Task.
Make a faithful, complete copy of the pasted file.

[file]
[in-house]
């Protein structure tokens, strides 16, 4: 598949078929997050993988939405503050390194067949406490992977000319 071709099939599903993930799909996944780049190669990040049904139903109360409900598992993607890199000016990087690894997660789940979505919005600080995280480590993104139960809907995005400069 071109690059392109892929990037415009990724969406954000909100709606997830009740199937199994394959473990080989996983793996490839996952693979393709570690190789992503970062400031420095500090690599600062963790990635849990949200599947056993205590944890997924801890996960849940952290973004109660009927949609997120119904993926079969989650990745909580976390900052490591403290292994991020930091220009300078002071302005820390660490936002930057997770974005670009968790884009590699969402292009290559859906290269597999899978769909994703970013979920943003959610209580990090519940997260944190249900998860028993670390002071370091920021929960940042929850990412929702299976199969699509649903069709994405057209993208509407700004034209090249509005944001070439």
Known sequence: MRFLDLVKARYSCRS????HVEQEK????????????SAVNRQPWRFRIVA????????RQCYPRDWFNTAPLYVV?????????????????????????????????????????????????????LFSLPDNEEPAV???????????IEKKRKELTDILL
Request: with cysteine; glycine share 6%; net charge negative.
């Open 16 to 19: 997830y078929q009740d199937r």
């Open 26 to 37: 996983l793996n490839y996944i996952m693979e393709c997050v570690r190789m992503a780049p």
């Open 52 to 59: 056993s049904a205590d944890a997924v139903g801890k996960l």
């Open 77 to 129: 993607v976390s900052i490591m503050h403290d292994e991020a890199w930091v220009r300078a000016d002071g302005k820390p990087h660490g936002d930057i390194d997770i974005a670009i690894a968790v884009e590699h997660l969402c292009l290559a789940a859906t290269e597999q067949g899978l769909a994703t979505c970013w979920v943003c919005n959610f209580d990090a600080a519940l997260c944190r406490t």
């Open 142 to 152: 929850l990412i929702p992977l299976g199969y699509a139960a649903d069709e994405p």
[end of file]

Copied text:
[in-house]
């Protein structure tokens, strides 16, 4: 598949078929997050993988939405503050390194067949406490992977000319 071709099939599903993930799909996944780049190669990040049904139903109360409900598992993607890199000016990087690894997660789940979505919005600080995280480590993104139960809907995005400069 071109690059392109892929990037415009990724969406954000909100709606997830009740199937199994394959473990080989996983793996490839996952693979393709570690190789992503970062400031420095500090690599600062963790990635849990949200599947056993205590944890997924801890996960849940952290973004109660009927949609997120119904993926079969989650990745909580976390900052490591403290292994991020930091220009300078002071302005820390660490936002930057997770974005670009968790884009590699969402292009290559859906290269597999899978769909994703970013979920943003959610209580990090519940997260944190249900998860028993670390002071370091920021929960940042929850990412929702299976199969699509649903069709994405057209993208509407700004034209090249509005944001070439």
Known sequence: MRFLDLVKARYSCRS????HVEQEK????????????SAVNRQPWRFRIVA????????RQCYPRDWFNTAPLYVV?????????????????????????????????????????????????????LFSLPDNEEPAV???????????IEKKRKELTDILL
Request: with cysteine; glycine share 6%; net charge negative.
């Open 16 to 19: 997830y078929q009740d199937r």
């Open 26 to 37: 996983l793996n490839y996944i996952m693979e393709c997050v570690r190789m992503a780049p």
């Open 52 to 59: 056993s049904a205590d944890a997924v139903g801890k996960l």
């Open 77 to 129: 993607v976390s900052i490591m503050h403290d292994e991020a890199w930091v220009r300078a000016d002071g302005k820390p990087h660490g936002d930057i390194d997770i974005a670009i690894a968790v884009e590699h997660l969402c292009l290559a789940a859906t290269e597999q067949g899978l769909a994703t979505c970013w979920v943003c919005n959610f209580d990090a600080a519940l997260c944190r406490t």
């Open 142 to 152: 929850l990412i929702p992977l299976g199969y699509a139960a649903d069709e994405p």